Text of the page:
Wondering if your newborn is pooing enough? Know that it does vary from baby to baby. After a month, breast-fed babies may go a few days or even a week without a bowel movement. But if your baby is pooing less than once a day during her first month, it could mean that she isn’t getting enough food.
Formula-fed babies, however, tend to have a bowel movement on most days. Whether your baby is breast-fed or formula-fed, as long as what you’re seeing in your baby’s nappy is consistent with what you’re now accustomed to, rest assured that there’s no need to panic about her poos.
Don’t be shocked when you change your newborn’s first nappy – your baby’s initial stool will be a greenish-black, tar-like substance known as meconium.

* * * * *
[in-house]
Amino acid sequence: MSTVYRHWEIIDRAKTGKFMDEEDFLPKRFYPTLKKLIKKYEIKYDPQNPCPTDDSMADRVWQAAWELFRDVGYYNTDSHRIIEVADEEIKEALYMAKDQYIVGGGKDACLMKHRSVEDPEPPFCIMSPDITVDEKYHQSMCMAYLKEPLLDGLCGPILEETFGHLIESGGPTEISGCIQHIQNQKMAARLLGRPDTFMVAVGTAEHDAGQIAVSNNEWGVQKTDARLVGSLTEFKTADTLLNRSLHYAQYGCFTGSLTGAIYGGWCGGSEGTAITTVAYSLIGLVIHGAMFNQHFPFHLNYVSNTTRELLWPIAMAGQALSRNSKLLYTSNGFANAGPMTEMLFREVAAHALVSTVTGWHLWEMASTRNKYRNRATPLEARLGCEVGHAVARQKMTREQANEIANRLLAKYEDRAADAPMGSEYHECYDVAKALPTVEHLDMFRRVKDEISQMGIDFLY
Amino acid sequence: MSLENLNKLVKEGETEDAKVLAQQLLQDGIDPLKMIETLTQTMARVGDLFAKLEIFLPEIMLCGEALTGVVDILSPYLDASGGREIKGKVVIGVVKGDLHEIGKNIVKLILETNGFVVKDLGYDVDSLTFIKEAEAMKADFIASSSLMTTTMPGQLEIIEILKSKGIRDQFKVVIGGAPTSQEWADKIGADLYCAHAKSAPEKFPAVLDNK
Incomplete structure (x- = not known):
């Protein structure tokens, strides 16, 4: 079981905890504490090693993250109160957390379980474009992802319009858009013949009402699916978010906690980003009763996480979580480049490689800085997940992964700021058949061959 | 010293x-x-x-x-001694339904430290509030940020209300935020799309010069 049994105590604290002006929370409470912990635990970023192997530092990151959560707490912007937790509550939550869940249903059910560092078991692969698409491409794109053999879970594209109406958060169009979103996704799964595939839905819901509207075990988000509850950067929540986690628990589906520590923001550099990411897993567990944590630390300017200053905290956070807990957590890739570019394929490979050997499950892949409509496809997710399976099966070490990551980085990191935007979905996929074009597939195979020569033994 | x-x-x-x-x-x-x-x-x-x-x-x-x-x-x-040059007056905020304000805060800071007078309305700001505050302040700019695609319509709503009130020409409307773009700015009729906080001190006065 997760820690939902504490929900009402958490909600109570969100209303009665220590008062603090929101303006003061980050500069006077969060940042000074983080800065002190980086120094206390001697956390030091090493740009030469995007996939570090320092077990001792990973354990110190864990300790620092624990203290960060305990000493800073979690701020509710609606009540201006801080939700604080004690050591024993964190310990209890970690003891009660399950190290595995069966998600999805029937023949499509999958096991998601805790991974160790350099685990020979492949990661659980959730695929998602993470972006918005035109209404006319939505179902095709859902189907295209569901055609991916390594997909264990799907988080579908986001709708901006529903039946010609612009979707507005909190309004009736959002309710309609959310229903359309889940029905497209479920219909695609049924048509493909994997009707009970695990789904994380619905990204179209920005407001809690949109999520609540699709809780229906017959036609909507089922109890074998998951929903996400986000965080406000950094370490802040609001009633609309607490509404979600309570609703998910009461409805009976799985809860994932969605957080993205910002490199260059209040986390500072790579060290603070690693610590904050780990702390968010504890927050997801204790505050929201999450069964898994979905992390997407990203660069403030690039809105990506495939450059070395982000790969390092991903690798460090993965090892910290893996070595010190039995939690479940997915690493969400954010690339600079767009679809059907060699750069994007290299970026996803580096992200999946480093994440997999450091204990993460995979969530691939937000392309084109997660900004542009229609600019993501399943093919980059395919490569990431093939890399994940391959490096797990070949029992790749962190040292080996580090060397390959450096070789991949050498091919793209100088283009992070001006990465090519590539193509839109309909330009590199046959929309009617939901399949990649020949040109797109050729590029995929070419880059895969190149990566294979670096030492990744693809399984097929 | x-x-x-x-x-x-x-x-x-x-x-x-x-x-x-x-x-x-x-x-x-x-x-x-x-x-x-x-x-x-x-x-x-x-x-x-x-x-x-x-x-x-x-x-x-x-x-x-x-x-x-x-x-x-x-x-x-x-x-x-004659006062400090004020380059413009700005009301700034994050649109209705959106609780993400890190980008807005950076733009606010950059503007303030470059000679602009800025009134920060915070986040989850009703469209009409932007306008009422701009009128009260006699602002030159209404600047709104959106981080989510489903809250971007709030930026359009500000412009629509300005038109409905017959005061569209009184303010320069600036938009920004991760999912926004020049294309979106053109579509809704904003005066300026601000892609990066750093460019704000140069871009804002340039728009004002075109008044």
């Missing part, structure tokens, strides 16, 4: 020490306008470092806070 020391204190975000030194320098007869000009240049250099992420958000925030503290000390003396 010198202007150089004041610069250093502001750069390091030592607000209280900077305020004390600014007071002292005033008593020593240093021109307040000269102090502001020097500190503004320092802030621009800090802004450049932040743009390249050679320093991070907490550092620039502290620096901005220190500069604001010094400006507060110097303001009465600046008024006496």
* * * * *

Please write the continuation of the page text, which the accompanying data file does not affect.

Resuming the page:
However, after that passes, she’ll start having normal poos – or whatever 'normal' will be for her system!
At this point, the appearance is completely dependent on what you feed her. If you breast-feed your newborn, her initial bowel movements will be greenish-brown or yellowish-brown. After about five days, they will turn tan or yellowish and have a grainy consistency.
This is completely normal, and is a sign of a healthy baby.
Formula-fed babies, on the other hand, might have stools that are pasty and yellow or tan in colour.
What Your Baby’s Poo Could Mean
If the colour of your newborn’s stools changes a bit between bowel movements, don’t be alarmed. However, the two shades you don’t want to see in your baby’s dirty nappy are white (which could be a sign of liver disease) or red (which could be a sign of bleeding).
Consult with your GP if you notice either. In terms of consistency, you’re likely to see some variations, but be alert for particularly watery stools (which could indicate diarrhoea) or pebble-like poo (which could be a sign of constipation).